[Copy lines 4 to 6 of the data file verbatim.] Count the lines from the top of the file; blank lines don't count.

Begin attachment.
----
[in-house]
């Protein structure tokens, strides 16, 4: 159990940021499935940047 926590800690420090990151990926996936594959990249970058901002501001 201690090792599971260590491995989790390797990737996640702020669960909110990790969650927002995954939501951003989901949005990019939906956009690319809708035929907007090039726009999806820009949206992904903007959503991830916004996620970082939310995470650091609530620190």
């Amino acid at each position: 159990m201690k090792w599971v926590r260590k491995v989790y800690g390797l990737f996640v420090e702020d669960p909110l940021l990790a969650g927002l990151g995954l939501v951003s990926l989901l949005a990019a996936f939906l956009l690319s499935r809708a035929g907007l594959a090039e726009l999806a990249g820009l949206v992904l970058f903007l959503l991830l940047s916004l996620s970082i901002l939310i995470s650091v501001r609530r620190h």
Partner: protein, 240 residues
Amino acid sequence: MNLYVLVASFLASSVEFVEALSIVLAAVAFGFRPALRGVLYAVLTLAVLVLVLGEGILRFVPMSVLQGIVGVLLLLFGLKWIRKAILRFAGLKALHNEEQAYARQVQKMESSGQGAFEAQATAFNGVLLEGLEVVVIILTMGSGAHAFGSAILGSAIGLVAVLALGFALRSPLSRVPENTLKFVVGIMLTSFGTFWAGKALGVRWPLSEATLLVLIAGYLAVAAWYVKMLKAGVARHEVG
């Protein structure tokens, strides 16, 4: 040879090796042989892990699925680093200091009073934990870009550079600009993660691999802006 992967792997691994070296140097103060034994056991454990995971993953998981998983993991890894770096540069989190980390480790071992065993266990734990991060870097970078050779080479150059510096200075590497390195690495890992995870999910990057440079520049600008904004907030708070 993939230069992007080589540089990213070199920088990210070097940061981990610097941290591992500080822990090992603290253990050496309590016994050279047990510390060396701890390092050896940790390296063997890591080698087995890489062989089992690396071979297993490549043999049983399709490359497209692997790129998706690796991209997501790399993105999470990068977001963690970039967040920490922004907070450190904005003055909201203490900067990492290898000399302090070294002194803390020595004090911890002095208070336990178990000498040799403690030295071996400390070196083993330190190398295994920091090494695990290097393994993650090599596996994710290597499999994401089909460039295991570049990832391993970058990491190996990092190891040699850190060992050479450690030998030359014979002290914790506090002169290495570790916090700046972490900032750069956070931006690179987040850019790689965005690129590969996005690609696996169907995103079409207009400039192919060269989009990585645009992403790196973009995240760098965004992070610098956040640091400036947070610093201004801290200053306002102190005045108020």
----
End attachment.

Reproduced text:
Partner: protein, 240 residues
Amino acid sequence: MNLYVLVASFLASSVEFVEALSIVLAAVAFGFRPALRGVLYAVLTLAVLVLVLGEGILRFVPMSVLQGIVGVLLLLFGLKWIRKAILRFAGLKALHNEEQAYARQVQKMESSGQGAFEAQATAFNGVLLEGLEVVVIILTMGSGAHAFGSAILGSAIGLVAVLALGFALRSPLSRVPENTLKFVVGIMLTSFGTFWAGKALGVRWPLSEATLLVLIAGYLAVAAWYVKMLKAGVARHEVG
């Protein structure tokens, strides 16, 4: 040879090796042989892990699925680093200091009073934990870009550079600009993660691999802006 992967792997691994070296140097103060034994056991454990995971993953998981998983993991890894770096540069989190980390480790071992065993266990734990991060870097970078050779080479150059510096200075590497390195690495890992995870999910990057440079520049600008904004907030708070 993939230069992007080589540089990213070199920088990210070097940061981990610097941290591992500080822990090992603290253990050496309590016994050279047990510390060396701890390092050896940790390296063997890591080698087995890489062989089992690396071979297993490549043999049983399709490359497209692997790129998706690796991209997501790399993105999470990068977001963690970039967040920490922004907070450190904005003055909201203490900067990492290898000399302090070294002194803390020595004090911890002095208070336990178990000498040799403690030295071996400390070196083993330190190398295994920091090494695990290097393994993650090599596996994710290597499999994401089909460039295991570049990832391993970058990491190996990092190891040699850190060992050479450690030998030359014979002290914790506090002169290495570790916090700046972490900032750069956070931006690179987040850019790689965005690129590969996005690609696996169907995103079409207009400039192919060269989009990585645009992403790196973009995240760098965004992070610098956040640091400036947070610093201004801290200053306002102190005045108020």